Robin Bissell's new historical drama The Best of Enemies is based on the true story of civil rights activist Ann Atwater and her contentious relationship with Ku Klux Klan leader C.P. Ellis. Taraji P. Henson portrays Atwater in the movie, which is set in Durham, North Carolina in the early 1970s when the two figureheads co-led 10 days of town meetings in an attempt to ensure the non-violent desegregation of local schools by court order. Per The News & Observer, Atwater was ultimately convincing, inspiring Ellis to give up his KKK membership and to support the safety of black students in previously all-white schools, which is where the film ends. But what happened to Ann Atwater from Best of Enemies after she successfully nailed the charrette?
Atwater married Willie Pettiford in 1975 and eventually had two daughters, the late Lydia Green and Marilynn Turner. She continued her grassroots activism work in Durham, remaining a local hero, according to Jonathan Wilson-Hartgrove's book Reconstructing the Gospel: Finding Freedom from Slaveholder Religion.
"Schools and housing developments had been named after her, books and plays chronicled her story, and she lectured regularly at colleges and universities," Wilson-Hartgrove wrote. "But she lived in the same Department of Housing and Urban Development (HUD) housing and did the same organizing work she'd been recruited to do half a century earlier because she was good at it."
Atwater was a mentor and maternal figure to Wilson-Hartgrove, who wrote in his book that she while she wanted to continue the localized conversations of keeping black children in school to defy the odds of incarceration, most people wanted to hear her speak about befriending a Klansman or went to her for help. "This was the Ms. Ann whom folks in Durham still called on when they need something from the powers that be," Wilson-Hartgrove wrote.
In 1981, Atwater began working for the Durham Housing Authority. One yer later, Rosa Parks named Atwater the recipient of the national Women in Community Service (WICS) Rosa Parks Award, as reported by the Carolina Times.
"Ann Atwater was selected from many nominations submitted from across the country because of her extensive voluntary contributions to the poor and the disadvantaged which resulted in a positive influence on the lives of so many people,” said Martha Villalobos, WICS national president, per the publication.
In 1991, after a decade with the Housing Authority, Atwater was injured on the job and retired, receiving medical disability, per the News & Observer. She continued her activism, though, and was a member of the Durham Committee on the Affairs of Black People, an organization that honored her as a peacemaker for their 62nd anniversary in 1997. In 2004, she was given the Durham NAACP award, per Durham Tech, and in 2006, she began working with Wilson-Hartgrove at the School for Conversion as a "freedom teacher," mentoring young people and activists in community organizing.
In 2013, the city of Durham declared December 6 “Ann Atwater Day," according to the Southern Oral History Project at University of North Carolina at Chapel Hill. That same year, the stage version of The Best of Enemies (by Mark St. Germain, based on the book by Osha Gray Davidson) played in Durham and, inspired by the death of Nelson Mandela, Atwater penned a column for the Durham Herald Sun called "What Forgiveness Costs." In it, she wrote about choosing to forgive and befriend Ellis. "C.P. showed me that people can learn to love," Atwater wrote. "We really can be born again, but it means leaving the life we’ve known behind."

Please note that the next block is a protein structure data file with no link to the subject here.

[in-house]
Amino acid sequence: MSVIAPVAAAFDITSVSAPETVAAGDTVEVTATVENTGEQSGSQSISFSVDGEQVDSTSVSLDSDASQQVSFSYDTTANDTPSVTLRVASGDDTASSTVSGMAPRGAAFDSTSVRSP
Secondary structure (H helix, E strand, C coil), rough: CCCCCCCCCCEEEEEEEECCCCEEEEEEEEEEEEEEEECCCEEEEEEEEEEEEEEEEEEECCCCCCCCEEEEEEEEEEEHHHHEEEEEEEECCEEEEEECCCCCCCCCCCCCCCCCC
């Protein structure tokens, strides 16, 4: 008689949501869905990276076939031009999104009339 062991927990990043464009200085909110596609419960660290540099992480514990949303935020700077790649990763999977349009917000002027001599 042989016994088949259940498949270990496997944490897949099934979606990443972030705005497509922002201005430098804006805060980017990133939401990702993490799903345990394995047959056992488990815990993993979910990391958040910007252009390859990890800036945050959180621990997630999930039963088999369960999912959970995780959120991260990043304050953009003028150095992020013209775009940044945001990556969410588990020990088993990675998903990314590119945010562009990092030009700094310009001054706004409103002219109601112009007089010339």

By 2013, she was wheelchair bound, joking with WUNC that “[the reasons] I’m not running on the streets and fighting is because I fell and broke my leg in two places and I’m not able to get out, but I can still holler at folks."
Wilson-Hartgrove was at Ann's side when she passed away at 80 in 2016, telling WUNC that at the end of her life, she had been looking forward to the premiere of the film The Best of Enemies, also based on Davidson's book, which she was able to read during her lifetime.
“You know at the end of Ann’s life she was so looking forward to being on this red carpet. Which is the only reason I’m here right now," said Wilson-Hartgrove. "Because she said make sure people know this story, so she was delighted this movie was coming in.”
Until her death, she was an attendee of Mount Calvary United Church of Christ, where she was also the first female deacon. In her final public appearance, the School for Conversion dedicated their Ann G. Atwater Freedom Library in her honor. Her portrait can be seen in the The Durham Civil Rights History Mural and the Art Wall at the Durham County Courthouse.
Atwater appeared alongside Ellis (who's played by Sam Rockwell) in the 2003 PBS documentary An Unlikely Friendship and also spoke with students of a local Durham school for an interview in 2009.
"She was Big Ann and I'm Little Ann," Atwater's granddaughter Ann Nakia Green told ABCC 11, adding that her family stayed close with C.P.. Ellis until his death in 2005. "My grandmother actually did his eulogy when he passed away. We were family and I still look at them as family."
Before her death, Atwater showed off her awards and spoke of her calling to help other people in a video for School for Conversion. "God gave me number one the gift to reach out and touch, and when I feel that somebody called me for some help, God wants me to go on record as saying I tried."
Atwater is buried at the Woodlawn Memorial Park in Durham, North Carolina, not far from her friend C.P. Ellis.